Bevin Pelvin, of King's High School, asks :-

How and why do people dream?

David Menkes, of the Department of Psychological Medicine and Behavioural Science at the Otago Medical School, responded.

Dreaming has fascinated all sorts of people: philosophers, mystics, doctors, psychologists. The question of how dreaming takes place has been studied in detail by scientists using physiological techniques. Clusters of nerve cells in the brain stem are known to control sleep and arousal. One set of these, called the raphe nuclei, are particularly involved in rapid eye movement (REM) sleep, the phase during which dreaming occurs. When the raphe cells stop firing, dream imagery can occur, probably in the same parts of the brain which normally process 'real' visual information. Interestingly, drugs such as LSD artificially supress raphe cell activity, which might explain why such drugs can cause hallucinations.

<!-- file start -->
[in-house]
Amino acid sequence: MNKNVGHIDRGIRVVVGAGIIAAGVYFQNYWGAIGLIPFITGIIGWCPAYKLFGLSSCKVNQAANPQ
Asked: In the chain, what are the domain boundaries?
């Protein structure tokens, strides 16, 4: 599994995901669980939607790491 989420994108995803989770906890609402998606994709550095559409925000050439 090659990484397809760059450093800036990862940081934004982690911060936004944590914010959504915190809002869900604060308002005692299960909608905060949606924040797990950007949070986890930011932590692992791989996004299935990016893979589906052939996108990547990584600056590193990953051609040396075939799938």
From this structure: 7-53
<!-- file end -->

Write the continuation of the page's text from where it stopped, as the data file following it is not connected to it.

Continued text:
The 'why' question has no definite answer, but dreaming is thought to be important to maintain some sort of psychological balance in people. Its importance is shown partly by the nasty effects of depriving people of dreaming sleep: any of us will get irritable and tired if subjected to REM sleep deprivation. Psychologists and others believe that dreaming allows us to process thoughts and issues left over from waking life -- this idea has merit since most of us are aware how a major life event often appears in dreams. Dreaming also allows 'censored' material to be processed, which can have both pleasant and alarming results!